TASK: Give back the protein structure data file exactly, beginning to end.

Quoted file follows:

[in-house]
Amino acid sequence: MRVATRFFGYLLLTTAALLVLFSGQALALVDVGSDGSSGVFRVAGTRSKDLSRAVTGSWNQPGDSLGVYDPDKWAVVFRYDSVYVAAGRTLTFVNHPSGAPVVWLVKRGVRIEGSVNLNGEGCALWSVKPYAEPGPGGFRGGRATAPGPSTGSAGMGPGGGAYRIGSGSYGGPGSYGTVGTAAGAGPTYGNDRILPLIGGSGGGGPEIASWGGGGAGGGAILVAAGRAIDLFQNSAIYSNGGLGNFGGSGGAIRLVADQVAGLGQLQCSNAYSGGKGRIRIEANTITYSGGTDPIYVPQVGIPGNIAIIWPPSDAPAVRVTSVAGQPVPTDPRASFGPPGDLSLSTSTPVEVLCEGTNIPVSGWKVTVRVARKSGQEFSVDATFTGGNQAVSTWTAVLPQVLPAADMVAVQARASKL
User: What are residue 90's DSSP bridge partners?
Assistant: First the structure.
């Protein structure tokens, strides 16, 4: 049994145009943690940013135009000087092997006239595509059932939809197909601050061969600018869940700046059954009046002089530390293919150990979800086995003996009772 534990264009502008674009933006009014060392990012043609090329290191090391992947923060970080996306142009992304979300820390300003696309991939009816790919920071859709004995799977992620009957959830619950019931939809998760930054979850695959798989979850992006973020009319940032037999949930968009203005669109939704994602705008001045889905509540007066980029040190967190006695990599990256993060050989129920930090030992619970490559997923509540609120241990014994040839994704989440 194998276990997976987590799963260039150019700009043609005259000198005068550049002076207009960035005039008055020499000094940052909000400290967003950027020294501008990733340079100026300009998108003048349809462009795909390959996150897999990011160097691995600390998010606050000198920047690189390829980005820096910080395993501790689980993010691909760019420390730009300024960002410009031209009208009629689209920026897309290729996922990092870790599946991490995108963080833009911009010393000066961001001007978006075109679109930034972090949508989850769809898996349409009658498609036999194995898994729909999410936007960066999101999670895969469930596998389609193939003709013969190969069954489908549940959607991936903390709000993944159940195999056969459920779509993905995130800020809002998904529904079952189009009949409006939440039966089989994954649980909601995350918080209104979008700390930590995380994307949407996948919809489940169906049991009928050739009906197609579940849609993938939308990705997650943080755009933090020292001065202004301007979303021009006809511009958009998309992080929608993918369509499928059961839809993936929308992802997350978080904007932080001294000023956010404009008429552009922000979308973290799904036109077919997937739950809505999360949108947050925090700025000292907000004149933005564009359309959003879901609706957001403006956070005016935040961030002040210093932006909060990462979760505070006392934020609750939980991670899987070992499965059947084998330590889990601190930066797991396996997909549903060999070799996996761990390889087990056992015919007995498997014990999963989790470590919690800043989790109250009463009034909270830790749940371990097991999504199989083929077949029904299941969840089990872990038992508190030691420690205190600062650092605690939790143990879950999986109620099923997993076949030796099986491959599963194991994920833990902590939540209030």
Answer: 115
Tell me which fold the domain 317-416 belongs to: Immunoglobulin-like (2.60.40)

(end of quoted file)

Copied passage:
[in-house]
Amino acid sequence: MRVATRFFGYLLLTTAALLVLFSGQALALVDVGSDGSSGVFRVAGTRSKDLSRAVTGSWNQPGDSLGVYDPDKWAVVFRYDSVYVAAGRTLTFVNHPSGAPVVWLVKRGVRIEGSVNLNGEGCALWSVKPYAEPGPGGFRGGRATAPGPSTGSAGMGPGGGAYRIGSGSYGGPGSYGTVGTAAGAGPTYGNDRILPLIGGSGGGGPEIASWGGGGAGGGAILVAAGRAIDLFQNSAIYSNGGLGNFGGSGGAIRLVADQVAGLGQLQCSNAYSGGKGRIRIEANTITYSGGTDPIYVPQVGIPGNIAIIWPPSDAPAVRVTSVAGQPVPTDPRASFGPPGDLSLSTSTPVEVLCEGTNIPVSGWKVTVRVARKSGQEFSVDATFTGGNQAVSTWTAVLPQVLPAADMVAVQARASKL
User: What are residue 90's DSSP bridge partners?
Assistant: First the structure.
């Protein structure tokens, strides 16, 4: 049994145009943690940013135009000087092997006239595509059932939809197909601050061969600018869940700046059954009046002089530390293919150990979800086995003996009772 534990264009502008674009933006009014060392990012043609090329290191090391992947923060970080996306142009992304979300820390300003696309991939009816790919920071859709004995799977992620009957959830619950019931939809998760930054979850695959798989979850992006973020009319940032037999949930968009203005669109939704994602705008001045889905509540007066980029040190967190006695990599990256993060050989129920930090030992619970490559997923509540609120241990014994040839994704989440 194998276990997976987590799963260039150019700009043609005259000198005068550049002076207009960035005039008055020499000094940052909000400290967003950027020294501008990733340079100026300009998108003048349809462009795909390959996150897999990011160097691995600390998010606050000198920047690189390829980005820096910080395993501790689980993010691909760019420390730009300024960002410009031209009208009629689209920026897309290729996922990092870790599946991490995108963080833009911009010393000066961001001007978006075109679109930034972090949508989850769809898996349409009658498609036999194995898994729909999410936007960066999101999670895969469930596998389609193939003709013969190969069954489908549940959607991936903390709000993944159940195999056969459920779509993905995130800020809002998904529904079952189009009949409006939440039966089989994954649980909601995350918080209104979008700390930590995380994307949407996948919809489940169906049991009928050739009906197609579940849609993938939308990705997650943080755009933090020292001065202004301007979303021009006809511009958009998309992080929608993918369509499928059961839809993936929308992802997350978080904007932080001294000023956010404009008429552009922000979308973290799904036109077919997937739950809505999360949108947050925090700025000292907000004149933005564009359309959003879901609706957001403006956070005016935040961030002040210093932006909060990462979760505070006392934020609750939980991670899987070992499965059947084998330590889990601190930066797991396996997909549903060999070799996996761990390889087990056992015919007995498997014990999963989790470590919690800043989790109250009463009034909270830790749940371990097991999504199989083929077949029904299941969840089990872990038992508190030691420690205190600062650092605690939790143990879950999986109620099923997993076949030796099986491959599963194991994920833990902590939540209030």
Answer: 115
Tell me which fold the domain 317-416 belongs to: Immunoglobulin-like (2.60.40)